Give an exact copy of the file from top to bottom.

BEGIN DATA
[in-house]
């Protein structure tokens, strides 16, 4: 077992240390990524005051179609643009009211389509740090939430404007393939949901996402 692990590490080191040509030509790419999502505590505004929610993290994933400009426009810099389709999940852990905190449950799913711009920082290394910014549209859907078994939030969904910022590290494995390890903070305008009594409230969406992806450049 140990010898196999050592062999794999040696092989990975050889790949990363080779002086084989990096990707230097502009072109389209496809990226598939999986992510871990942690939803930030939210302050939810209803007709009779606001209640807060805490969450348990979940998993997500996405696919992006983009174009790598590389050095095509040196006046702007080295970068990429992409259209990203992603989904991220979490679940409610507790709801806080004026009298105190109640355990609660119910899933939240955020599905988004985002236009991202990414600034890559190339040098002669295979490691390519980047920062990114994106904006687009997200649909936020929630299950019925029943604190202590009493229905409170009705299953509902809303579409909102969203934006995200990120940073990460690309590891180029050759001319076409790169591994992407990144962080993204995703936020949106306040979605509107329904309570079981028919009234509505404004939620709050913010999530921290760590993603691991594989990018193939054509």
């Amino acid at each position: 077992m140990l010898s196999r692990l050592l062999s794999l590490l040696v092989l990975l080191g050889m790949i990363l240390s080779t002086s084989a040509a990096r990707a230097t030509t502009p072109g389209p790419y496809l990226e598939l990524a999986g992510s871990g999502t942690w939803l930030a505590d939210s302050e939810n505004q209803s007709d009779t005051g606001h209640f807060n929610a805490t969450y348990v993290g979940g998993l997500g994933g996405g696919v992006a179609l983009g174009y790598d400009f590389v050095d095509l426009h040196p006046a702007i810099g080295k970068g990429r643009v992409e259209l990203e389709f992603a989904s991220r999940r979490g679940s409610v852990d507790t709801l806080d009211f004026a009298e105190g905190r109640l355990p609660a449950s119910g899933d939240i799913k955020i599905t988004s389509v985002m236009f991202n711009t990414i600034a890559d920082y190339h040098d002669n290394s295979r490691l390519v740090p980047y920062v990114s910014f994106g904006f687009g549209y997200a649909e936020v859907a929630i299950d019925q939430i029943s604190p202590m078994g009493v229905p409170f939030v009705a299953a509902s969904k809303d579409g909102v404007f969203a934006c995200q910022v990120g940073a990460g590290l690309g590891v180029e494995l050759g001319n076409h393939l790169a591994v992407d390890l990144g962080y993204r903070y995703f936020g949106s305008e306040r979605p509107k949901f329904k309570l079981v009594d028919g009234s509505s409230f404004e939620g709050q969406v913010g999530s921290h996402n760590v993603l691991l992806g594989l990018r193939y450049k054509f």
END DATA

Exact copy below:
[in-house]
């Protein structure tokens, strides 16, 4: 077992240390990524005051179609643009009211389509740090939430404007393939949901996402 692990590490080191040509030509790419999502505590505004929610993290994933400009426009810099389709999940852990905190449950799913711009920082290394910014549209859907078994939030969904910022590290494995390890903070305008009594409230969406992806450049 140990010898196999050592062999794999040696092989990975050889790949990363080779002086084989990096990707230097502009072109389209496809990226598939999986992510871990942690939803930030939210302050939810209803007709009779606001209640807060805490969450348990979940998993997500996405696919992006983009174009790598590389050095095509040196006046702007080295970068990429992409259209990203992603989904991220979490679940409610507790709801806080004026009298105190109640355990609660119910899933939240955020599905988004985002236009991202990414600034890559190339040098002669295979490691390519980047920062990114994106904006687009997200649909936020929630299950019925029943604190202590009493229905409170009705299953509902809303579409909102969203934006995200990120940073990460690309590891180029050759001319076409790169591994992407990144962080993204995703936020949106306040979605509107329904309570079981028919009234509505404004939620709050913010999530921290760590993603691991594989990018193939054509």
């Amino acid at each position: 077992m140990l010898s196999r692990l050592l062999s794999l590490l040696v092989l990975l080191g050889m790949i990363l240390s080779t002086s084989a040509a990096r990707a230097t030509t502009p072109g389209p790419y496809l990226e598939l990524a999986g992510s871990g999502t942690w939803l930030a505590d939210s302050e939810n505004q209803s007709d009779t005051g606001h209640f807060n929610a805490t969450y348990v993290g979940g998993l997500g994933g996405g696919v992006a179609l983009g174009y790598d400009f590389v050095d095509l426009h040196p006046a702007i810099g080295k970068g990429r643009v992409e259209l990203e389709f992603a989904s991220r999940r979490g679940s409610v852990d507790t709801l806080d009211f004026a009298e105190g905190r109640l355990p609660a449950s119910g899933d939240i799913k955020i599905t988004s389509v985002m236009f991202n711009t990414i600034a890559d920082y190339h040098d002669n290394s295979r490691l390519v740090p980047y920062v990114s910014f994106g904006f687009g549209y997200a649909e936020v859907a929630i299950d019925q939430i029943s604190p202590m078994g009493v229905p409170f939030v009705a299953a509902s969904k809303d579409g909102v404007f969203a934006c995200q910022v990120g940073a990460g590290l690309g590891v180029e494995l050759g001319n076409h393939l790169a591994v992407d390890l990144g962080y993204r903070y995703f936020g949106s305008e306040r979605p509107k949901f329904k309570l079981v009594d028919g009234s509505s409230f404004e939620g709050q969406v913010g999530s921290h996402n760590v993603l691991l992806g594989l990018r193939y450049k054509f």